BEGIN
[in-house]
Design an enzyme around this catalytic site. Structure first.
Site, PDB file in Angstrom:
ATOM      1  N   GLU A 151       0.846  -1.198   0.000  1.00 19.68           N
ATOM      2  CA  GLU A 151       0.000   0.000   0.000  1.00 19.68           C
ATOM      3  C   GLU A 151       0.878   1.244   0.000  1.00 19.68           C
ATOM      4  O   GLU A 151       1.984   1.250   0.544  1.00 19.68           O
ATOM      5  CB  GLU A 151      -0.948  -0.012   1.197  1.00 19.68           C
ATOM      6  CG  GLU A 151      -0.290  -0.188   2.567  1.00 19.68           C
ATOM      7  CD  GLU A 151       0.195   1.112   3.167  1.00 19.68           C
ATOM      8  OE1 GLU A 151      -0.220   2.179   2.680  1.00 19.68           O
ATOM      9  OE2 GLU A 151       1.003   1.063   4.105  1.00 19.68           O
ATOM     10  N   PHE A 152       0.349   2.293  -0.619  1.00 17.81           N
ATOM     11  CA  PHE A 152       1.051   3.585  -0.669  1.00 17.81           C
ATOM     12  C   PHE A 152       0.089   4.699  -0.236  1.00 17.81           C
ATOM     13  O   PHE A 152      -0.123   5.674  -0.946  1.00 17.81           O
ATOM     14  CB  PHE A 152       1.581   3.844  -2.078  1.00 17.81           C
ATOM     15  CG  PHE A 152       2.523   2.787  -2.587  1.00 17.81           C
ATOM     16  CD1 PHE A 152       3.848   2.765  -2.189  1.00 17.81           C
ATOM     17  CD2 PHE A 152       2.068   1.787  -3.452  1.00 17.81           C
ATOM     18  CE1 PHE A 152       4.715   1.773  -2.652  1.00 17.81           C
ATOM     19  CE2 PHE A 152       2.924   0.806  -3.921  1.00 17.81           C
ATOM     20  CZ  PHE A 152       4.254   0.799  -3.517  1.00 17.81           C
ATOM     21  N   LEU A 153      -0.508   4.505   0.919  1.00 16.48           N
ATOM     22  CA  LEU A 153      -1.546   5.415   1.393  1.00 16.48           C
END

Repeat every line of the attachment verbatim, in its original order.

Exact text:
[in-house]
Design an enzyme around this catalytic site. Structure first.
Site, PDB file in Angstrom:
ATOM      1  N   GLU A 151       0.846  -1.198   0.000  1.00 19.68           N
ATOM      2  CA  GLU A 151       0.000   0.000   0.000  1.00 19.68           C
ATOM      3  C   GLU A 151       0.878   1.244   0.000  1.00 19.68           C
ATOM      4  O   GLU A 151       1.984   1.250   0.544  1.00 19.68           O
ATOM      5  CB  GLU A 151      -0.948  -0.012   1.197  1.00 19.68           C
ATOM      6  CG  GLU A 151      -0.290  -0.188   2.567  1.00 19.68           C
ATOM      7  CD  GLU A 151       0.195   1.112   3.167  1.00 19.68           C
ATOM      8  OE1 GLU A 151      -0.220   2.179   2.680  1.00 19.68           O
ATOM      9  OE2 GLU A 151       1.003   1.063   4.105  1.00 19.68           O
ATOM     10  N   PHE A 152       0.349   2.293  -0.619  1.00 17.81           N
ATOM     11  CA  PHE A 152       1.051   3.585  -0.669  1.00 17.81           C
ATOM     12  C   PHE A 152       0.089   4.699  -0.236  1.00 17.81           C
ATOM     13  O   PHE A 152      -0.123   5.674  -0.946  1.00 17.81           O
ATOM     14  CB  PHE A 152       1.581   3.844  -2.078  1.00 17.81           C
ATOM     15  CG  PHE A 152       2.523   2.787  -2.587  1.00 17.81           C
ATOM     16  CD1 PHE A 152       3.848   2.765  -2.189  1.00 17.81           C
ATOM     17  CD2 PHE A 152       2.068   1.787  -3.452  1.00 17.81           C
ATOM     18  CE1 PHE A 152       4.715   1.773  -2.652  1.00 17.81           C
ATOM     19  CE2 PHE A 152       2.924   0.806  -3.921  1.00 17.81           C
ATOM     20  CZ  PHE A 152       4.254   0.799  -3.517  1.00 17.81           C
ATOM     21  N   LEU A 153      -0.508   4.505   0.919  1.00 16.48           N
ATOM     22  CA  LEU A 153      -1.546   5.415   1.393  1.00 16.48           C